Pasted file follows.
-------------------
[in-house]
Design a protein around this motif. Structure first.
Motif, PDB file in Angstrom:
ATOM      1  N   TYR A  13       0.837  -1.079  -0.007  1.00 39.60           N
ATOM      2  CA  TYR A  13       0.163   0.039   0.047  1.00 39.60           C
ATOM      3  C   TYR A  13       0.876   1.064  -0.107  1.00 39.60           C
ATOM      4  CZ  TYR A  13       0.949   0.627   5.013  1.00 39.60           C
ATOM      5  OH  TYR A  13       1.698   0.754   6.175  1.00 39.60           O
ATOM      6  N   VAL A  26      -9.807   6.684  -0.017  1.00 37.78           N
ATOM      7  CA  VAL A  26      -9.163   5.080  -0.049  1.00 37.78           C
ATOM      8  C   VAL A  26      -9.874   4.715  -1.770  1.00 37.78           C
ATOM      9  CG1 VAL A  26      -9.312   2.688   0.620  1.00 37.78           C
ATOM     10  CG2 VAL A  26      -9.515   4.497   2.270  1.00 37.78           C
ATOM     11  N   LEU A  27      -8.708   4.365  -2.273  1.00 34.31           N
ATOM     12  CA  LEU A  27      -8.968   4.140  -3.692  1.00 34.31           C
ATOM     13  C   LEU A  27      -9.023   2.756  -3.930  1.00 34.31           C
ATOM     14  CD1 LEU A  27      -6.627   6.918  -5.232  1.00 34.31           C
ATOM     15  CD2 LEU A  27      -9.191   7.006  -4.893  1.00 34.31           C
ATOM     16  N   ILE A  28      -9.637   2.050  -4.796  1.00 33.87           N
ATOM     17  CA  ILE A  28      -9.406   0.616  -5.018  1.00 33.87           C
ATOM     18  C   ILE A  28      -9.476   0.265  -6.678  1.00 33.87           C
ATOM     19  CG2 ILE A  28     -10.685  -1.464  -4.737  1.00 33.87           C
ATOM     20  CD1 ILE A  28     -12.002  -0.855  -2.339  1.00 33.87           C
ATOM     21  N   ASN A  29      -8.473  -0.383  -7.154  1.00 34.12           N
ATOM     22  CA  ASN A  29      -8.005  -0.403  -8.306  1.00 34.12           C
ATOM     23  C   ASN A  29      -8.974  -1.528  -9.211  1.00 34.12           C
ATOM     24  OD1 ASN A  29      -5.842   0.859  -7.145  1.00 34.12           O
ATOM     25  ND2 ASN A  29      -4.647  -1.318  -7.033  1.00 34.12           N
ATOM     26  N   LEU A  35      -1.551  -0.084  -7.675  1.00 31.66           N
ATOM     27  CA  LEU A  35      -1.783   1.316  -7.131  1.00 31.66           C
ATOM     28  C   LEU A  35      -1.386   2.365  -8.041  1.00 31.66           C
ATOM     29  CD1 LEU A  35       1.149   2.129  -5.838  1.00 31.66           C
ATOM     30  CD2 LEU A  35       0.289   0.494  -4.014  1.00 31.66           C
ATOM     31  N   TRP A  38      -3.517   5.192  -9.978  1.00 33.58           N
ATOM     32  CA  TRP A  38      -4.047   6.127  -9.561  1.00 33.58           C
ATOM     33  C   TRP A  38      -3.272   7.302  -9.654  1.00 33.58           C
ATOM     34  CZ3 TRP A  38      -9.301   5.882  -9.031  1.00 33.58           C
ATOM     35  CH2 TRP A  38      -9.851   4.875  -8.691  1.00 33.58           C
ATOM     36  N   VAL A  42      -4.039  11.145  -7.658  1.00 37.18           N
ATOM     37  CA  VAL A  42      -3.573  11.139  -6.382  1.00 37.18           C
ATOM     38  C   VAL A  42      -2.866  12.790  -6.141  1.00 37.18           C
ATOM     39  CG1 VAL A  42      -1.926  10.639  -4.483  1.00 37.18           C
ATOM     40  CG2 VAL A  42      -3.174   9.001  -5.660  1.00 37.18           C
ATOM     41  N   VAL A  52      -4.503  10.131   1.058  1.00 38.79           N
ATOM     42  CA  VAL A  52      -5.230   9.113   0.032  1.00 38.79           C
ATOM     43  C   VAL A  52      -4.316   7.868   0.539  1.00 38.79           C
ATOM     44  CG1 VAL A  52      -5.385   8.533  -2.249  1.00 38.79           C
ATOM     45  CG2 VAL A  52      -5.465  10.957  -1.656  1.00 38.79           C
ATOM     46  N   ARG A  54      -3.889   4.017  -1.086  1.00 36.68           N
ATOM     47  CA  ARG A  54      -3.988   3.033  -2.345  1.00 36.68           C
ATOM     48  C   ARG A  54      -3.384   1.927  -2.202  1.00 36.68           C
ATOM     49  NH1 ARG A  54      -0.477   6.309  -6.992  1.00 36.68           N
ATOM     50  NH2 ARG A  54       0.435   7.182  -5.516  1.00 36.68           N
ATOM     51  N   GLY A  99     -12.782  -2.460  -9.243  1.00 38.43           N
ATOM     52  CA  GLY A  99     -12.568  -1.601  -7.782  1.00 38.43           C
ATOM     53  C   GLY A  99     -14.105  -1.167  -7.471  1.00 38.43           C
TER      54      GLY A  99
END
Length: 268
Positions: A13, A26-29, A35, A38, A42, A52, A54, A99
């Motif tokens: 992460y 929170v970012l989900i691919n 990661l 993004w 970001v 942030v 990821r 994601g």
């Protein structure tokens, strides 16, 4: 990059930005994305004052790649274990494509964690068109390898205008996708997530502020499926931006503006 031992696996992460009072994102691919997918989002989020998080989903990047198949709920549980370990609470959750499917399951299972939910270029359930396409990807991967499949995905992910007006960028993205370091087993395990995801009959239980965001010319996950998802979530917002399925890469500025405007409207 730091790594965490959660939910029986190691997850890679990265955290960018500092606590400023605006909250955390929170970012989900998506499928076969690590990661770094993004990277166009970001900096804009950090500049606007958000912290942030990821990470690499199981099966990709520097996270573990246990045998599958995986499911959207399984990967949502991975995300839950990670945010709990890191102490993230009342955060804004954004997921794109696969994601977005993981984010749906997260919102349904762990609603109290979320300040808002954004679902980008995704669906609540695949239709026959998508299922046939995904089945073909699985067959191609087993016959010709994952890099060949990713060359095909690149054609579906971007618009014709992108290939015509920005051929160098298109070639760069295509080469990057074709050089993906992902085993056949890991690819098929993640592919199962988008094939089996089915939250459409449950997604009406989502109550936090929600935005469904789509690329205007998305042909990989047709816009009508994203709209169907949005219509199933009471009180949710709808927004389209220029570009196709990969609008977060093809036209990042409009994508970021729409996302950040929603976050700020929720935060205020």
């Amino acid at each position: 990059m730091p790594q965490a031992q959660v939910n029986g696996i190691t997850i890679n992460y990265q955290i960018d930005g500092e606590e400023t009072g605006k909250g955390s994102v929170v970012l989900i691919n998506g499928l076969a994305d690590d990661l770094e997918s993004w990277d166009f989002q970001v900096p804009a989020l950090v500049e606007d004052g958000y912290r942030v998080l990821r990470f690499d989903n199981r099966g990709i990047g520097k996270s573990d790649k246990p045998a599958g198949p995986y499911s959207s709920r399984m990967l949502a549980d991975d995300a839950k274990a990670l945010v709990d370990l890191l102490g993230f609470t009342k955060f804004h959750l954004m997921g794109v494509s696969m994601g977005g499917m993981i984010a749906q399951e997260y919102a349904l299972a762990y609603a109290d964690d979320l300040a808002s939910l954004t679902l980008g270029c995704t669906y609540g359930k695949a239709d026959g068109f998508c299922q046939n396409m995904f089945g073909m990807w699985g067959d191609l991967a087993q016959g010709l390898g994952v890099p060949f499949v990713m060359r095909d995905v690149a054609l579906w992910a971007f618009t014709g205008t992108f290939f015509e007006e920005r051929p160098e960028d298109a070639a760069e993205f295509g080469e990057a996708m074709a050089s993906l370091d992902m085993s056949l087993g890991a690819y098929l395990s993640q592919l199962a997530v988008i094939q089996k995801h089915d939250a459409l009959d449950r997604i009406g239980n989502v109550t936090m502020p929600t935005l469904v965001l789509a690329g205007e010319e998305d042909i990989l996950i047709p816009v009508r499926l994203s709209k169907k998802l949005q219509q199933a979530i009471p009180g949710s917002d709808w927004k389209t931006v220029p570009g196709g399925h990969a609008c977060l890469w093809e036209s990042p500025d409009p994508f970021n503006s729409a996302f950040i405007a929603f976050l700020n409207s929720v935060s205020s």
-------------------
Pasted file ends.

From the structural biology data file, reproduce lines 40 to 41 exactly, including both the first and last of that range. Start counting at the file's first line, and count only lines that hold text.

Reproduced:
ATOM     37  CA  VAL A  42      -3.573  11.139  -6.382  1.00 37.18           C
ATOM     38  C   VAL A  42      -2.866  12.790  -6.141  1.00 37.18           C